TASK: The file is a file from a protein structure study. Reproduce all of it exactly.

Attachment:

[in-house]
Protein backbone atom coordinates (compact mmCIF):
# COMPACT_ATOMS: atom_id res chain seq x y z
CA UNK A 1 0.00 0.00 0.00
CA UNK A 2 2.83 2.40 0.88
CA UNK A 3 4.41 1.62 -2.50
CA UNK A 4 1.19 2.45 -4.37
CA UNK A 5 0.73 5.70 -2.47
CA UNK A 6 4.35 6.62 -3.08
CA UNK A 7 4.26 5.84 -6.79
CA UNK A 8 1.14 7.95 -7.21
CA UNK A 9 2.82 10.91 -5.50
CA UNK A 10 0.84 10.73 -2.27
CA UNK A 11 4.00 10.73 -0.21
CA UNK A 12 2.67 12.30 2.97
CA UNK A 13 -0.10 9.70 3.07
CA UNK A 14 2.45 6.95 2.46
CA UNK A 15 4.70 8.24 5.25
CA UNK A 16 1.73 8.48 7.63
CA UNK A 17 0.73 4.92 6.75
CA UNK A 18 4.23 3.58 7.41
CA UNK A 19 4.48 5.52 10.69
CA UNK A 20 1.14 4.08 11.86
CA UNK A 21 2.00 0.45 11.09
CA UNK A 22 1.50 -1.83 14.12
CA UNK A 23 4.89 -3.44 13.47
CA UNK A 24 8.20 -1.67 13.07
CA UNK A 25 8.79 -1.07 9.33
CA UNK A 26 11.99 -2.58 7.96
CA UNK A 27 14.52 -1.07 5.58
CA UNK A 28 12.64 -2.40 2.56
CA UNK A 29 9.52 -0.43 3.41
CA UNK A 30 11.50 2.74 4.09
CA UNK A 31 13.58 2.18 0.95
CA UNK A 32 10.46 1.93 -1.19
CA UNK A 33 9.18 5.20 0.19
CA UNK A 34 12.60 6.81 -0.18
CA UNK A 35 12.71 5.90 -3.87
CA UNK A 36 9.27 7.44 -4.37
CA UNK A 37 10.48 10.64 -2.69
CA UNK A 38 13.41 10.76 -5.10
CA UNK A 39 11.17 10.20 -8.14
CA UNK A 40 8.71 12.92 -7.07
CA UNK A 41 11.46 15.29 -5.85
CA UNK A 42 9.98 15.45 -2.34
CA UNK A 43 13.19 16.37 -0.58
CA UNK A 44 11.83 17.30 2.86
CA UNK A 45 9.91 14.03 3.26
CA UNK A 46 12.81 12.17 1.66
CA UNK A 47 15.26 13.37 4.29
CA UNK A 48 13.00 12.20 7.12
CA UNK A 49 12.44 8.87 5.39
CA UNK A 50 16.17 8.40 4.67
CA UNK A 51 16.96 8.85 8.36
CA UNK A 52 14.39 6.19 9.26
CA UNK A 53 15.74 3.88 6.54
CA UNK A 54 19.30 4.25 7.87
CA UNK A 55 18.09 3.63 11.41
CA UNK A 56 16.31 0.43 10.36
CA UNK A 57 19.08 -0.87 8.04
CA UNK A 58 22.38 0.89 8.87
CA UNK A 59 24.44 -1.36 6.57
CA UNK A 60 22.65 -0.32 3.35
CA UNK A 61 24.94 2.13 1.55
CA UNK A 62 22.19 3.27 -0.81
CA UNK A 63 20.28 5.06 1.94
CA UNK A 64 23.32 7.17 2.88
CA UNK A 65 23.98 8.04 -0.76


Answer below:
[in-house]
Protein backbone atom coordinates (compact mmCIF):
# COMPACT_ATOMS: atom_id res chain seq x y z
CA UNK A 1 0.00 0.00 0.00
CA UNK A 2 2.83 2.40 0.88
CA UNK A 3 4.41 1.62 -2.50
CA UNK A 4 1.19 2.45 -4.37
CA UNK A 5 0.73 5.70 -2.47
CA UNK A 6 4.35 6.62 -3.08
CA UNK A 7 4.26 5.84 -6.79
CA UNK A 8 1.14 7.95 -7.21
CA UNK A 9 2.82 10.91 -5.50
CA UNK A 10 0.84 10.73 -2.27
CA UNK A 11 4.00 10.73 -0.21
CA UNK A 12 2.67 12.30 2.97
CA UNK A 13 -0.10 9.70 3.07
CA UNK A 14 2.45 6.95 2.46
CA UNK A 15 4.70 8.24 5.25
CA UNK A 16 1.73 8.48 7.63
CA UNK A 17 0.73 4.92 6.75
CA UNK A 18 4.23 3.58 7.41
CA UNK A 19 4.48 5.52 10.69
CA UNK A 20 1.14 4.08 11.86
CA UNK A 21 2.00 0.45 11.09
CA UNK A 22 1.50 -1.83 14.12
CA UNK A 23 4.89 -3.44 13.47
CA UNK A 24 8.20 -1.67 13.07
CA UNK A 25 8.79 -1.07 9.33
CA UNK A 26 11.99 -2.58 7.96
CA UNK A 27 14.52 -1.07 5.58
CA UNK A 28 12.64 -2.40 2.56
CA UNK A 29 9.52 -0.43 3.41
CA UNK A 30 11.50 2.74 4.09
CA UNK A 31 13.58 2.18 0.95
CA UNK A 32 10.46 1.93 -1.19
CA UNK A 33 9.18 5.20 0.19
CA UNK A 34 12.60 6.81 -0.18
CA UNK A 35 12.71 5.90 -3.87
CA UNK A 36 9.27 7.44 -4.37
CA UNK A 37 10.48 10.64 -2.69
CA UNK A 38 13.41 10.76 -5.10
CA UNK A 39 11.17 10.20 -8.14
CA UNK A 40 8.71 12.92 -7.07
CA UNK A 41 11.46 15.29 -5.85
CA UNK A 42 9.98 15.45 -2.34
CA UNK A 43 13.19 16.37 -0.58
CA UNK A 44 11.83 17.30 2.86
CA UNK A 45 9.91 14.03 3.26
CA UNK A 46 12.81 12.17 1.66
CA UNK A 47 15.26 13.37 4.29
CA UNK A 48 13.00 12.20 7.12
CA UNK A 49 12.44 8.87 5.39
CA UNK A 50 16.17 8.40 4.67
CA UNK A 51 16.96 8.85 8.36
CA UNK A 52 14.39 6.19 9.26
CA UNK A 53 15.74 3.88 6.54
CA UNK A 54 19.30 4.25 7.87
CA UNK A 55 18.09 3.63 11.41
CA UNK A 56 16.31 0.43 10.36
CA UNK A 57 19.08 -0.87 8.04
CA UNK A 58 22.38 0.89 8.87
CA UNK A 59 24.44 -1.36 6.57
CA UNK A 60 22.65 -0.32 3.35
CA UNK A 61 24.94 2.13 1.55
CA UNK A 62 22.19 3.27 -0.81
CA UNK A 63 20.28 5.06 1.94
CA UNK A 64 23.32 7.17 2.88
CA UNK A 65 23.98 8.04 -0.76